Now that Zechariah can talk again, he does. His prophecy is very familiar – thanking God for defeating their enemies, remembering that God’s oath to Abraham was to bless Israel while expecting Israel’s continued service. Then he moves to his son, called to prepare the way of the Lord, to give knowledge of salvation to his people by the forgiveness of their sins.

This all sounds good…until you consider the words, not from Zechariah looking forward but from Jesus looking backward. Then it starts to get a little fishy.

The original promise to Abraham wasn’t simply to “bless” the people of Israel, it was to bless them so that, through them, all the people in the world would be blessed. All the people in the world, by definition, includes those we would consider “enemies.”

One day Jesus will clear that one up. “Love your enemies and pray for those who persecute you.”

As for the “forgiveness of our sins”, Jesus said something about that as well. Pray then this way, “Forgive us our sins, as we forgive those who sin against us.”

Zechariah got it right – By the tender mercy of our God, the dawn from on high will break upon us, to give light to those who sit in darkness and in the shadow of death, to guide our feet into the way of peace.” – But the way of peace that Jesus would bring would not look at all like Zechariah expected. That peace comes to us only as it flows through us.

Jesus wouldn’t bless tribalism, he would break down the walls of division. He wouldn’t seek “peace through strength” but “peace through love.” Through inclusive, rather than exclusive, love. And for all that, he would pay a very steep price.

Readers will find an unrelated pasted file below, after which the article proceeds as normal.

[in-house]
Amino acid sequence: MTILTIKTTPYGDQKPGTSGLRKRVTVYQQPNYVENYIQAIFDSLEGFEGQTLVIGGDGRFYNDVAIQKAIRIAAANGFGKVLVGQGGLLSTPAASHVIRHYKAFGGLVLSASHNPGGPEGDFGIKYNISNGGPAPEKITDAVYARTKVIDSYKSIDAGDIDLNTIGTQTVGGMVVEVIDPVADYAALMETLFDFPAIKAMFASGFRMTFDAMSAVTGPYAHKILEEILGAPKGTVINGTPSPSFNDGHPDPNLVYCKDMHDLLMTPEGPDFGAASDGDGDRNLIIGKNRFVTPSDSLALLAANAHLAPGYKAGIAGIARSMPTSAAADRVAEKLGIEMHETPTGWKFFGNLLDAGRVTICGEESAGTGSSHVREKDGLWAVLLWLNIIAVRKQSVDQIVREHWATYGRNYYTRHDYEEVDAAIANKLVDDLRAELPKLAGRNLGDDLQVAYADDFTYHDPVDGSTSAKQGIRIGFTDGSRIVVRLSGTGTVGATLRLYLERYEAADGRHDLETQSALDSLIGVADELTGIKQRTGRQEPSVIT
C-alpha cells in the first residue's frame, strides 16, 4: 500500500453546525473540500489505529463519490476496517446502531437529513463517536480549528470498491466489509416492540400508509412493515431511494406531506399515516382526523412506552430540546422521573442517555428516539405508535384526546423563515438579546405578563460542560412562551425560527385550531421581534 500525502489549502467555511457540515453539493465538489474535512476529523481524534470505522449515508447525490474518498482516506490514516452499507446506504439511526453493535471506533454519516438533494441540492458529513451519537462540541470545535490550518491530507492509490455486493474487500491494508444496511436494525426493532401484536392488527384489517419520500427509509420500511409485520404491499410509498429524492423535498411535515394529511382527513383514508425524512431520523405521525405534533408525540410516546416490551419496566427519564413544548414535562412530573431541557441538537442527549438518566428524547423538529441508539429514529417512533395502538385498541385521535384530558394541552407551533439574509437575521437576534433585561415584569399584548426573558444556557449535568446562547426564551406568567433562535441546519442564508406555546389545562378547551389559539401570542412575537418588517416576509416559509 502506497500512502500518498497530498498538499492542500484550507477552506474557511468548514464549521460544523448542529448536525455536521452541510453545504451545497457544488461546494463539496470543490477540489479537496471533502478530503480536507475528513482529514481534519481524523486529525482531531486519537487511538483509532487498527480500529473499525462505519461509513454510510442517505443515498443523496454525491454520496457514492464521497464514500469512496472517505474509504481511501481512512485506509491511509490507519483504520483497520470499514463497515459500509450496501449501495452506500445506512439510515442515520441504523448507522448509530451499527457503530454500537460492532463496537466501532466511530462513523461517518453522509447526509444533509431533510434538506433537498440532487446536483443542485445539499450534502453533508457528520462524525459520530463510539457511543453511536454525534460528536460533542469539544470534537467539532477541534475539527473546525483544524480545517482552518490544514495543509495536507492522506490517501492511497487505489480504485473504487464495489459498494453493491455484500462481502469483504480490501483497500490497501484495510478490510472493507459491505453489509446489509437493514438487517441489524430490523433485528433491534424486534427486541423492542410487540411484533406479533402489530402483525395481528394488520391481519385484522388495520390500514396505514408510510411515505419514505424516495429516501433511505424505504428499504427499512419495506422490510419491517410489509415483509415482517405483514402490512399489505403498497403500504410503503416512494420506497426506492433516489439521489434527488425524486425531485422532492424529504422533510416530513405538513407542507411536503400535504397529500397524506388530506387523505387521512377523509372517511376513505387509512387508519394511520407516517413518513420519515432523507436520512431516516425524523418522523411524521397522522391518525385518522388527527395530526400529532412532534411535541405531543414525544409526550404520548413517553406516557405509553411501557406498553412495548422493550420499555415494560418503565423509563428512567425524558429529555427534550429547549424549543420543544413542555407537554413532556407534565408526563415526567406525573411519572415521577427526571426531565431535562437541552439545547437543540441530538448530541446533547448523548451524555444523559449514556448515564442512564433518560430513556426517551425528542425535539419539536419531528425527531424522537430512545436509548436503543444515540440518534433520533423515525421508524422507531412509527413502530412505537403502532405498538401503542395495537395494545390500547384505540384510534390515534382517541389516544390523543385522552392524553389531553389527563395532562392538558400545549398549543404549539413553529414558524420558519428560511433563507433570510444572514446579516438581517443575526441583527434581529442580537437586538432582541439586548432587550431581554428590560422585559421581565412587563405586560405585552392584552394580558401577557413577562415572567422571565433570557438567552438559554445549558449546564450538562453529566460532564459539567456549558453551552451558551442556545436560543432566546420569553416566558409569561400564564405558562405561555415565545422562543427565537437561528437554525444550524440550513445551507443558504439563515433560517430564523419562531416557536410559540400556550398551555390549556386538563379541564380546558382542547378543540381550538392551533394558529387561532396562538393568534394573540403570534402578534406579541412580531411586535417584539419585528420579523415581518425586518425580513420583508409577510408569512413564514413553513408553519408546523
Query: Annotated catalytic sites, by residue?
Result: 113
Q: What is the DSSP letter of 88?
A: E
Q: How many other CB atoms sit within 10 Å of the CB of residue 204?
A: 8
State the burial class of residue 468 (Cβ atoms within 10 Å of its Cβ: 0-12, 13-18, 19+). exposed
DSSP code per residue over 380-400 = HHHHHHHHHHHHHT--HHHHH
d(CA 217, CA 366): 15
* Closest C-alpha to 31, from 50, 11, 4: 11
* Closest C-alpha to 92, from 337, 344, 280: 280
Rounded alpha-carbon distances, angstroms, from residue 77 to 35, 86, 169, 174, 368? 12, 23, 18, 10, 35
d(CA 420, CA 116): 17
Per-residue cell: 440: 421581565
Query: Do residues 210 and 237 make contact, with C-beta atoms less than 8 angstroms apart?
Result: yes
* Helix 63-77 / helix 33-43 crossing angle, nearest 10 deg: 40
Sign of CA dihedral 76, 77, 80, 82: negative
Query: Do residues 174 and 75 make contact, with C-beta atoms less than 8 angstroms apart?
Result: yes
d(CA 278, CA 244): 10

Let us pray: Dear Lord, may we see in our neighbor a person worthy of love and respect. May we recognize ourselves in our enemies. May we never lose hope in the promise of peace and never forget it begins with us. May the tender mercy of your love break into this world and turn us upside down. In Jesus’ name. Amen.

Luke 1:57-66

November 18, 2020

Now the time came for Elizabeth to give birth, and she bore a son. Her neighbors and relatives heard that the Lord had shown his great mercy to her, and they rejoiced with her.

On the eighth day they came to circumcise the child, and they were going to name him Zechariah after his father. But his mother said, “No; he is to be called John.”

They said to her, “None of your relatives has this name.” Then they began motioning to his father to find out what name he wanted to give him.

He asked for a writing tablet and wrote, “His name is John.” And all of them were amazed. Immediately his mouth was opened and his tongue freed, and he began to speak, praising God.

Fear came over all their neighbors, and all these things were talked about throughout the entire hill country of Judea. All who heard them pondered them and said, “What then will this child become?” For, indeed, the hand of the Lord was with him. Luke 1:57-66

I would love to have a name like John, or Paul, or Mark, or David. Something easy to spell. Something that clearly conforms to gender norms. But my mother fiercely said, “NO, his name will be Kerry.”